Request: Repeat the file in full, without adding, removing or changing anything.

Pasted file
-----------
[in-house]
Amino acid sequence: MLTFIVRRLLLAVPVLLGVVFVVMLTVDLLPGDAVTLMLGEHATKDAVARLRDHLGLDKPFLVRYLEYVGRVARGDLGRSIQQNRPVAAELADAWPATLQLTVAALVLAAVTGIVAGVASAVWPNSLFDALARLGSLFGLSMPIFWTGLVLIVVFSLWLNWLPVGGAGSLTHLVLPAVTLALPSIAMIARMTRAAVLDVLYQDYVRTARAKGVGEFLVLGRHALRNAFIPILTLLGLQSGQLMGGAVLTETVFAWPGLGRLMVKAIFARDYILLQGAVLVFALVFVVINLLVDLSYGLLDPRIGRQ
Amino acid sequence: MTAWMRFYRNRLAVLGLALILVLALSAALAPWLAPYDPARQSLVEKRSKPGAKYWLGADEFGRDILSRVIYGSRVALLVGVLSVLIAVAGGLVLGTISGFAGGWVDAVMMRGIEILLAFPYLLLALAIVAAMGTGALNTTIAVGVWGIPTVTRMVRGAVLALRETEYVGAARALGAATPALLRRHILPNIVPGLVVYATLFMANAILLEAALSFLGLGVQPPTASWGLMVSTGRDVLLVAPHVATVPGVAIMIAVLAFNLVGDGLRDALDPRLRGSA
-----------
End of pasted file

[in-house]
Amino acid sequence: MLTFIVRRLLLAVPVLLGVVFVVMLTVDLLPGDAVTLMLGEHATKDAVARLRDHLGLDKPFLVRYLEYVGRVARGDLGRSIQQNRPVAAELADAWPATLQLTVAALVLAAVTGIVAGVASAVWPNSLFDALARLGSLFGLSMPIFWTGLVLIVVFSLWLNWLPVGGAGSLTHLVLPAVTLALPSIAMIARMTRAAVLDVLYQDYVRTARAKGVGEFLVLGRHALRNAFIPILTLLGLQSGQLMGGAVLTETVFAWPGLGRLMVKAIFARDYILLQGAVLVFALVFVVINLLVDLSYGLLDPRIGRQ
Amino acid sequence: MTAWMRFYRNRLAVLGLALILVLALSAALAPWLAPYDPARQSLVEKRSKPGAKYWLGADEFGRDILSRVIYGSRVALLVGVLSVLIAVAGGLVLGTISGFAGGWVDAVMMRGIEILLAFPYLLLALAIVAAMGTGALNTTIAVGVWGIPTVTRMVRGAVLALRETEYVGAARALGAATPALLRRHILPNIVPGLVVYATLFMANAILLEAALSFLGLGVQPPTASWGLMVSTGRDVLLVAPHVATVPGVAIMIAVLAFNLVGDGLRDALDPRLRGSA